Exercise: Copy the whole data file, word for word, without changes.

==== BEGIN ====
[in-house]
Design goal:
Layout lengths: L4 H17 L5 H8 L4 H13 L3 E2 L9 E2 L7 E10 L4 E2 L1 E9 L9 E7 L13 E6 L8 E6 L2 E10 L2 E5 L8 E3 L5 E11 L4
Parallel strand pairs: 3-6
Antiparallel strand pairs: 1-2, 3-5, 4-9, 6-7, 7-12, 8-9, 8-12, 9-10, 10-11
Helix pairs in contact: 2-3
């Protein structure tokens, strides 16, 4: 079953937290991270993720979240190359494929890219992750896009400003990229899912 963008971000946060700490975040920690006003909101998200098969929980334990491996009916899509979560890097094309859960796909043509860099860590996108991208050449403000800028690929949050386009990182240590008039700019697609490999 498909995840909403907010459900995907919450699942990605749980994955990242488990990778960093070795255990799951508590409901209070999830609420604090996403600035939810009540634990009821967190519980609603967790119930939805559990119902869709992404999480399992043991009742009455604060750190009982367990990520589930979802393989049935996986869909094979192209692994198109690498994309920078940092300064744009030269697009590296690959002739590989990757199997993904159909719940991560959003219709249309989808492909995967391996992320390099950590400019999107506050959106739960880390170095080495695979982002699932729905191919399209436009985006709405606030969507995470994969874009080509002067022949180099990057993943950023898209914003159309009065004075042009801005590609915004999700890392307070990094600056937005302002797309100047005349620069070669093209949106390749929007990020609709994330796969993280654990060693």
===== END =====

[in-house]
Design goal:
Layout lengths: L4 H17 L5 H8 L4 H13 L3 E2 L9 E2 L7 E10 L4 E2 L1 E9 L9 E7 L13 E6 L8 E6 L2 E10 L2 E5 L8 E3 L5 E11 L4
Parallel strand pairs: 3-6
Antiparallel strand pairs: 1-2, 3-5, 4-9, 6-7, 7-12, 8-9, 8-12, 9-10, 10-11
Helix pairs in contact: 2-3
């Protein structure tokens, strides 16, 4: 079953937290991270993720979240190359494929890219992750896009400003990229899912 963008971000946060700490975040920690006003909101998200098969929980334990491996009916899509979560890097094309859960796909043509860099860590996108991208050449403000800028690929949050386009990182240590008039700019697609490999 498909995840909403907010459900995907919450699942990605749980994955990242488990990778960093070795255990799951508590409901209070999830609420604090996403600035939810009540634990009821967190519980609603967790119930939805559990119902869709992404999480399992043991009742009455604060750190009982367990990520589930979802393989049935996986869909094979192209692994198109690498994309920078940092300064744009030269697009590296690959002739590989990757199997993904159909719940991560959003219709249309989808492909995967391996992320390099950590400019999107506050959106739960880390170095080495695979982002699932729905191919399209436009985006709405606030969507995470994969874009080509002067022949180099990057993943950023898209914003159309009065004075042009801005590609915004999700890392307070990094600056937005302002797309100047005349620069070669093209949106390749929007990020609709994330796969993280654990060693």